As Michigan’s budding recreational cannabis market develops, efforts are underway to quash competing illicit sales, according to the state’s top marijuana regulator.
Michigan voters approved a ballot question on Nov. 6, 2018 that legalized adult use cannabis, and the Marijuana Regulatory Agency issued emergency rules July 3 of this year for the rollout of the recreational market. Sales of recreational cannabis began Dec. 1.
More than $3 million in marijuana was sold at recreational retailers in the first two weeks of December, generating $515,051 in tax revenue, according to the state.
The state is focusing on the illicit market, Andrew Brisbo, the Marijuana Regulatory Agency’s executive director, said Wednesday in remarks at Benzinga headquarters.
That doesn’t mean a crackdown on low-level weed dealers, but rather on operations such as brick-and-mortar facilities operating as regulated businesses, he said.
“I think we’re going to start to see more action taking place in that area as well.”
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Brisbo: Halting Ads From Unlicensed Businesses ‘Critical’
An audience member at the Benzinga event asked Brisbo whether advertising by illicit cannabis businesses on Weedmaps would be curtailed.
“I can give you assurance that they’ve given me assurance,” he said of the online cannabis platform.
When unlicensed businesses are allowed to advertise, “then you’re relying on the consumer to know the difference,” Brisbo said.
Weedmaps has told the state it will not engage with unlicensed businesses as of Jan. 1, he said.
“That is a critical component in tamping down the illicit market.”
The company said in an August press release it’s restricting the use of its point-of-sale, online orders, delivery logistics and wholesale exchange SaaS platforms “to licensed operators exclusively.”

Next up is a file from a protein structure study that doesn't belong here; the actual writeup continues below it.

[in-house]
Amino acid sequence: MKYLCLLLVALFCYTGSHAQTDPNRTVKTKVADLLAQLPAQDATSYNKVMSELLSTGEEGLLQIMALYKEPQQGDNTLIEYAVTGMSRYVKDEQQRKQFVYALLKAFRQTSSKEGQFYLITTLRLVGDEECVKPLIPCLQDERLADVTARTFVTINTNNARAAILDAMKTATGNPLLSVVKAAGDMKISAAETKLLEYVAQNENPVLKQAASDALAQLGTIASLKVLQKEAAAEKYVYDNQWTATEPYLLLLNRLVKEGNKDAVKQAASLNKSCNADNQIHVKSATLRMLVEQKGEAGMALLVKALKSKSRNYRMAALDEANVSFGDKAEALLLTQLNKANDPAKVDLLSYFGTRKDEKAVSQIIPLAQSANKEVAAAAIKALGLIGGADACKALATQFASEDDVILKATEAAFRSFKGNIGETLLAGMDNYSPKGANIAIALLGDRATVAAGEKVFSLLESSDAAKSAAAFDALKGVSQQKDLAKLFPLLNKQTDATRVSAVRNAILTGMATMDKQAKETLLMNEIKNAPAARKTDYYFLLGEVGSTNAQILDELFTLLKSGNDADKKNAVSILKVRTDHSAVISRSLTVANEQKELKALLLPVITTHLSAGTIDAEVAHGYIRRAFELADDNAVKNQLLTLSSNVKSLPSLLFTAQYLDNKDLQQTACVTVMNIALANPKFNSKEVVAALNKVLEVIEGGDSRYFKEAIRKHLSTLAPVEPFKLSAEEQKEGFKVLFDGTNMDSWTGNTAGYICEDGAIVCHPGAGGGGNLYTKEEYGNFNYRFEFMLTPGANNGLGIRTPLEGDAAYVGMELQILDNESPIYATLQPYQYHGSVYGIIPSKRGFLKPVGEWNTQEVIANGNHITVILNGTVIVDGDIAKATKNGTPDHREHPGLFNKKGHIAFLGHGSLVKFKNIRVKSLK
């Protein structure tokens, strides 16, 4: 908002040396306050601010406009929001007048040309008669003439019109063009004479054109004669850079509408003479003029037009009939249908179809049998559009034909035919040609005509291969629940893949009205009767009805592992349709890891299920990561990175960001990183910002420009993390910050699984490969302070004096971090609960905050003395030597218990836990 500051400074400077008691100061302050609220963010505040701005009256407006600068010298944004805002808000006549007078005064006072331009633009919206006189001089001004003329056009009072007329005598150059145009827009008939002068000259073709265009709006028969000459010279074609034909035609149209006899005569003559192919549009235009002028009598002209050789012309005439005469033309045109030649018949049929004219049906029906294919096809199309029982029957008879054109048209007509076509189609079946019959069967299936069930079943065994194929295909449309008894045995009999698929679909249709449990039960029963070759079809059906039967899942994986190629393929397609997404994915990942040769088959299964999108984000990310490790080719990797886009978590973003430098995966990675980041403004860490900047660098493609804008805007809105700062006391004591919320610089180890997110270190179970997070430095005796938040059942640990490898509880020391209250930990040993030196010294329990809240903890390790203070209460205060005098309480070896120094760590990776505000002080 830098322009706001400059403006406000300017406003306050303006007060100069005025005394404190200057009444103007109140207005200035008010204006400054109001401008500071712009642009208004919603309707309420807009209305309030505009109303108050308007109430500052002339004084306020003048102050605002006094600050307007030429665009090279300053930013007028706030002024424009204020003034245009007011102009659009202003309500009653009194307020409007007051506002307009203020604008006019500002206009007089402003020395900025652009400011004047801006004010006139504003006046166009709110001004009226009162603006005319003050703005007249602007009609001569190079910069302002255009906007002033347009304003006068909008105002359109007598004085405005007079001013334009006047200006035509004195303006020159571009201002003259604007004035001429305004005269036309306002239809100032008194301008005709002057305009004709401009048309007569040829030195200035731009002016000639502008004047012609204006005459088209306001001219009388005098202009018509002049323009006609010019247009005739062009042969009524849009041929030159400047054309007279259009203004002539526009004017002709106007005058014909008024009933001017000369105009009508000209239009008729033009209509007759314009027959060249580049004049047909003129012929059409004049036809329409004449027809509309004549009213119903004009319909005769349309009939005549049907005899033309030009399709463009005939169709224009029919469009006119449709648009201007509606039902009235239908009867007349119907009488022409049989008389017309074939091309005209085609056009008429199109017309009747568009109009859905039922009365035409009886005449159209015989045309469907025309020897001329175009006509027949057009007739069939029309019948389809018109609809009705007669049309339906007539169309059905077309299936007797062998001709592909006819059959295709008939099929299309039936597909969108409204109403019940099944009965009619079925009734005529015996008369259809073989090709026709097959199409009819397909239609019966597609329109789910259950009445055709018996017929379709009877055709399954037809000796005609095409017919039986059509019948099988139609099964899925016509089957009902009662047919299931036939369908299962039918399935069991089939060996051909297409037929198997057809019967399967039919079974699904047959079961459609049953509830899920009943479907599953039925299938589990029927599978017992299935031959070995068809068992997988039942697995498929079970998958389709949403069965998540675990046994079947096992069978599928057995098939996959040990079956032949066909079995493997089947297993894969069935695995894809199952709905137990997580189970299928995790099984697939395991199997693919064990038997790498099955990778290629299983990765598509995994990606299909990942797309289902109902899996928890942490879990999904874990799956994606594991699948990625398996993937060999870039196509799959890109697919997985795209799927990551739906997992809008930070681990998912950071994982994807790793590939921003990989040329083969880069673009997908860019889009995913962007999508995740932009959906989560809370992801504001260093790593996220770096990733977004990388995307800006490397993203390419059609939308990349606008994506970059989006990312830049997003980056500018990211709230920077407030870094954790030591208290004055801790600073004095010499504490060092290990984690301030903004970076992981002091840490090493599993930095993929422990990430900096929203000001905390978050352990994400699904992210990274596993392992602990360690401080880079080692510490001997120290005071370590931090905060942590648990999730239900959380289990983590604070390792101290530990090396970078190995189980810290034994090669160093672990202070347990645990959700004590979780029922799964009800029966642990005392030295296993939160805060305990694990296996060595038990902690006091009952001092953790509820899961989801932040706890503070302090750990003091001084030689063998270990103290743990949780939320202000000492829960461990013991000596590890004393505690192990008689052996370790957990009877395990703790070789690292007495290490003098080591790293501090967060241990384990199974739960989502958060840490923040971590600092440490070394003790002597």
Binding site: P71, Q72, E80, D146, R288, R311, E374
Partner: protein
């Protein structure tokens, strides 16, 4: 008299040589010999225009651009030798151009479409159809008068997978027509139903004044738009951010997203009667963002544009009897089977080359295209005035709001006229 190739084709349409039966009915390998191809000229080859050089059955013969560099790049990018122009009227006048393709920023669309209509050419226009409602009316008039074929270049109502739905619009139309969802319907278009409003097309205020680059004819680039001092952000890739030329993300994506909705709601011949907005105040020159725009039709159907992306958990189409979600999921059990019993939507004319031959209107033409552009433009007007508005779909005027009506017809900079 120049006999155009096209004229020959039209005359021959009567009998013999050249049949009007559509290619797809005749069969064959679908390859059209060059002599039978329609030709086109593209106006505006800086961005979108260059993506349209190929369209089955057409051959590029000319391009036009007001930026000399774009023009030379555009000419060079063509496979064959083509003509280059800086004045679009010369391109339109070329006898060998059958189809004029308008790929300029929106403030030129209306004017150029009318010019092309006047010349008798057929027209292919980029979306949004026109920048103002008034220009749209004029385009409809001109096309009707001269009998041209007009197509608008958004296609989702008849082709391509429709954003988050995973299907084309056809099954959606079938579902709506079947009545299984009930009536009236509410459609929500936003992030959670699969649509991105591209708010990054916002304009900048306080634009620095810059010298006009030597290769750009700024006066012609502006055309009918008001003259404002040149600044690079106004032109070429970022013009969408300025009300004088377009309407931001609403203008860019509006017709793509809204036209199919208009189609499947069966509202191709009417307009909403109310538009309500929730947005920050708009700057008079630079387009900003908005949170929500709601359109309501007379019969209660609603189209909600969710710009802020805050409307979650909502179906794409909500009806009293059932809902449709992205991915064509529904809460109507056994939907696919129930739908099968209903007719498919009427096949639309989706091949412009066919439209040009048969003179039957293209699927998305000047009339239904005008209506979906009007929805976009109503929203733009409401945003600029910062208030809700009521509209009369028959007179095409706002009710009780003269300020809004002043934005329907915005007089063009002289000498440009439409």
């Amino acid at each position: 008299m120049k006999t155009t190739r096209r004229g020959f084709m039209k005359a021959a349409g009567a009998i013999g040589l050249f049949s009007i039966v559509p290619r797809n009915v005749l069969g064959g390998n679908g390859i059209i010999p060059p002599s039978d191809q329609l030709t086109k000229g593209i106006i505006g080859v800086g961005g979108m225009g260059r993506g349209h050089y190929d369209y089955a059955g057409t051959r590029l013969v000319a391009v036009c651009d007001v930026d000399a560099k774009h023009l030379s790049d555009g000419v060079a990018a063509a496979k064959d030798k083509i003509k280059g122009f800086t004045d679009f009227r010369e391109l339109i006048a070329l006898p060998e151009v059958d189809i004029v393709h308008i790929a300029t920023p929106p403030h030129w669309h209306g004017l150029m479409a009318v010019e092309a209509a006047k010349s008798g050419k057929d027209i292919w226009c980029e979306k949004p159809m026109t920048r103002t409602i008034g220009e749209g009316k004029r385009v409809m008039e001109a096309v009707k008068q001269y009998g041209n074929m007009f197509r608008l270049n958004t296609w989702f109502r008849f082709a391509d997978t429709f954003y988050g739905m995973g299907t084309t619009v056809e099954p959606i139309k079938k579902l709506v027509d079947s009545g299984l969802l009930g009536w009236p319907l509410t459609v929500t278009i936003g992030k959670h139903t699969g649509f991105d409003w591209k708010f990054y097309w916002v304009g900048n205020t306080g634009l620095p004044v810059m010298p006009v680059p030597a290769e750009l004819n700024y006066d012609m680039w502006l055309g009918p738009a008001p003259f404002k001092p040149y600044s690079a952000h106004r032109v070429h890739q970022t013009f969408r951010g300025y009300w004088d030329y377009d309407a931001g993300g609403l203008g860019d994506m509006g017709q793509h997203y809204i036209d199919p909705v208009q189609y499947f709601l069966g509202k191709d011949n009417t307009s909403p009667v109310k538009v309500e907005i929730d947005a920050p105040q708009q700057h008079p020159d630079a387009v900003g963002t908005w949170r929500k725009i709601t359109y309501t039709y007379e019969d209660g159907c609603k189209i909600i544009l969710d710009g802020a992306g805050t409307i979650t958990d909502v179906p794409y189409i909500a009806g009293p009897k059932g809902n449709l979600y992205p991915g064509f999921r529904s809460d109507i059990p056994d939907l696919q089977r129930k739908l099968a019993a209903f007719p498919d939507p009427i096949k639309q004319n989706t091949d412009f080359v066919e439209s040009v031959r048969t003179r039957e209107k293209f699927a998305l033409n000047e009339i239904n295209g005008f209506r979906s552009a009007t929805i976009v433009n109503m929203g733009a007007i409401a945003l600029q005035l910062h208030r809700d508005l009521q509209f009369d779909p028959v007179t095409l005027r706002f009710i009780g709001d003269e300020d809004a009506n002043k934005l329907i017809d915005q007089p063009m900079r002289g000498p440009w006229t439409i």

A Weedmaps spokesman confirmed to Benzinga Thursday that the company will stop accepting ads from unlicensed cannabis businesses at the turn of the year.
Michigan To Merge Medical, Recreational Cannabis Rules
The emergency recreational rules issued July 3 are good for six months, and a Marijuana Regulatory Agency spokesman said the agency expects to extend them once for another six months as the state finalizes merged rules for both the medical and recreational markets.
A public hearing on the proposed rules is expected to take place in early 2020.
The aim is to have “consistent standards regardless of which market you’re operating in,” Brisbo said.
The Marijuana Regulatory Agency is encouraging feedback and is open to amending regulations based on comments it receives, he said.
The draft rules include requirements for vertically integrated businesses to sell marijuana to independent businesses.
“They do not create their own supply,” Brisbo said of independent cannabis businesses. “Their success is entirely dependent on those operators.”
An audience member asked Brisbo about a Detroit Free Press opinion column by Brian Calley, the president of the Small Business Association of Michigan, that calls a proposed rule requiring marijuana license applicants to sign labor peace agreements with unions a “racket.”
Businesses would be required to sign agreements with unions that preclude picketing, work stoppages, boycotts and strikes that interfere with businesses.
Brisbo pointed to labor disputes with marijuana businesses that are occurring in states like Illinois.
“If that were to happen, that could be disruptive to the point of affecting the market as a whole in the state.”
Andrew Brisbo, executive director of Michigan's Marijuana Regulatory Agency, speaks Wednesday at Benzinga headquarters in Detroit. Photo by Dustin Blitchok.
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